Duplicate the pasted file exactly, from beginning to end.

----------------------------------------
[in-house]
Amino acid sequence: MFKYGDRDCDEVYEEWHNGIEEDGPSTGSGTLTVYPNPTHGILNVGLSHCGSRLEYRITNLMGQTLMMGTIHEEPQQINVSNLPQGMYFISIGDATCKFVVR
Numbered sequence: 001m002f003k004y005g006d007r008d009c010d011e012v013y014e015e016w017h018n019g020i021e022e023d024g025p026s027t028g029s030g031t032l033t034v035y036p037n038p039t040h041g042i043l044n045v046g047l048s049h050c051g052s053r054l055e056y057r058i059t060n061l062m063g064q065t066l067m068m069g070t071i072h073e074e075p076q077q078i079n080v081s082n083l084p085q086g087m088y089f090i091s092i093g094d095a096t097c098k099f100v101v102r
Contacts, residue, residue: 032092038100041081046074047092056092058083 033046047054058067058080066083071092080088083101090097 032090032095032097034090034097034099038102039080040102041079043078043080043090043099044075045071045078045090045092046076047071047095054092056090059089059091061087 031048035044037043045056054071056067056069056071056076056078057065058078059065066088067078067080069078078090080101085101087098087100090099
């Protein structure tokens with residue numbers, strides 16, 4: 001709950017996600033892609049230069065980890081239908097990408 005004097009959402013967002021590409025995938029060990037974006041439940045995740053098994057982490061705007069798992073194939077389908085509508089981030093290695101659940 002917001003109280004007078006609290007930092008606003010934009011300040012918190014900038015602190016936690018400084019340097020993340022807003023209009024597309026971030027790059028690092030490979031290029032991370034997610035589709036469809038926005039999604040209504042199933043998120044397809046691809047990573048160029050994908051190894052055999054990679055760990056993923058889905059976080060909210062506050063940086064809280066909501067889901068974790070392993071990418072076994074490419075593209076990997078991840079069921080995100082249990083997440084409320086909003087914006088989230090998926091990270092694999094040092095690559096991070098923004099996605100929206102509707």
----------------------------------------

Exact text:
[in-house]
Amino acid sequence: MFKYGDRDCDEVYEEWHNGIEEDGPSTGSGTLTVYPNPTHGILNVGLSHCGSRLEYRITNLMGQTLMMGTIHEEPQQINVSNLPQGMYFISIGDATCKFVVR
Numbered sequence: 001m002f003k004y005g006d007r008d009c010d011e012v013y014e015e016w017h018n019g020i021e022e023d024g025p026s027t028g029s030g031t032l033t034v035y036p037n038p039t040h041g042i043l044n045v046g047l048s049h050c051g052s053r054l055e056y057r058i059t060n061l062m063g064q065t066l067m068m069g070t071i072h073e074e075p076q077q078i079n080v081s082n083l084p085q086g087m088y089f090i091s092i093g094d095a096t097c098k099f100v101v102r
Contacts, residue, residue: 032092038100041081046074047092056092058083 033046047054058067058080066083071092080088083101090097 032090032095032097034090034097034099038102039080040102041079043078043080043090043099044075045071045078045090045092046076047071047095054092056090059089059091061087 031048035044037043045056054071056067056069056071056076056078057065058078059065066088067078067080069078078090080101085101087098087100090099
């Protein structure tokens with residue numbers, strides 16, 4: 001709950017996600033892609049230069065980890081239908097990408 005004097009959402013967002021590409025995938029060990037974006041439940045995740053098994057982490061705007069798992073194939077389908085509508089981030093290695101659940 002917001003109280004007078006609290007930092008606003010934009011300040012918190014900038015602190016936690018400084019340097020993340022807003023209009024597309026971030027790059028690092030490979031290029032991370034997610035589709036469809038926005039999604040209504042199933043998120044397809046691809047990573048160029050994908051190894052055999054990679055760990056993923058889905059976080060909210062506050063940086064809280066909501067889901068974790070392993071990418072076994074490419075593209076990997078991840079069921080995100082249990083997440084409320086909003087914006088989230090998926091990270092694999094040092095690559096991070098923004099996605100929206102509707």